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9.E: Flux (Exercises)

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    Rewrite the stress-energy tensor of a perfect fluid in SI units. For air at sea level, compare the sizes of its components.


    Prove by direct computation that if a rank-\(2\) tensor is symmetric when expressed in one Minkowski frame, the symmetry is preserved under a boost.


    Consider the following change of coordinates:

    \[t' = -t\]

    \[x' = x\]

    \[y' = y\]

    \[z' = z\]

    This is called a time reversal. As in Example 9.2.3, find the effect on the stress-energy tensor.


    Show that in Minkowski coordinates in flat spacetime, all Christoffel symbols vanish.


    Show that if the differential equation for geodesics is satisfied for one affine parameter \(λ\), then it is also satisfied for any other affine parameter \(λ' = aλ+b\), where \(a\) and \(b\) are constants.


    This problem investigates a notational conflict in the description of the metric tensor using index notation. Suppose that we have two different metrics, \(g_{µν}\) and \(g'_{µν}\). The difference of two rank-\(2\) tensors is also a rank-\(2\) tensor, so we would like the quantity \(\partial g_{\mu \nu } = g'_{\mu \nu } - g_{\mu \nu }\) to be a well-behaved tensor both in its transformation properties and in its behavior when we manipulate its indices. Now we also have \(g_{µν}\) and \(g'_{µν}\), which are defined as the matrix inverses of their lower-index counterparts; this is a special property of the metric, not of rank-\(2\) tensors in general. We can then define \(\partial g^{\mu \nu } = g'^{\mu \nu } - g^{\mu \nu }\).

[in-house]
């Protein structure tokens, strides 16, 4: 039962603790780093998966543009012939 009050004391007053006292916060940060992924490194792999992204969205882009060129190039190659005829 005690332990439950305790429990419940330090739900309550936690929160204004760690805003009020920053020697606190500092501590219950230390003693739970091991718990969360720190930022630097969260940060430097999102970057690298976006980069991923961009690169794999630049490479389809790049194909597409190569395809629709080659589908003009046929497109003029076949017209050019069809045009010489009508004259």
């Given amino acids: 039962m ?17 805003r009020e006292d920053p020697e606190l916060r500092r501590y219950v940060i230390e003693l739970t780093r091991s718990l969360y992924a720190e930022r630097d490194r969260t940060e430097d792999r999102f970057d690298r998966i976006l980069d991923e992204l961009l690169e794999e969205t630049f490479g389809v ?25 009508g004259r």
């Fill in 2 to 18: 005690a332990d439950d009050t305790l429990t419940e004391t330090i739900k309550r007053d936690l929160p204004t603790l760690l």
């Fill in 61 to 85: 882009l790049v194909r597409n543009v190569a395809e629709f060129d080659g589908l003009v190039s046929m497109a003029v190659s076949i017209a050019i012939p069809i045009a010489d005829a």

1. Use a simple example to show that \(\partial g_{\mu \nu }\) and \(\partial g^{\mu \nu }\) cannot be computed from one another in the usual way by raising and lowering indices.
    2. Find the general relationship between \(\partial g_{\mu \nu }\) and \(\partial g^{\mu \nu }\).


    In section 9.5, we analyzed the Bell spaceship paradox using the expansion scalar and the Herglotz-Noether theorem. Suppose that we carry out a similar analysis, but with the congruence defined by \(x^2 - t^2 = a^{-2}\). The motivation for considering this congruence is that its world-lines have constant proper acceleration \(a\), and each such world-line has a constant value of the coordinate \(X\) in the system of accelerated coordinates (Rindler coordinates) described in section 7.1. Show that the expansion tensor vanishes. The interpretation is that it is possible to apply a carefully planned set of external forces to a straight rod so that it accelerates along its own length without any stress, i.e., while remaining Born-rigid.

    This page titled 9.E: Flux (Exercises) is shared under a CC BY-SA 4.0 license and was authored, remixed, and/or curated by Benjamin Crowell via source content that was edited to the style and standards of the LibreTexts platform; a detailed edit history is available upon request.

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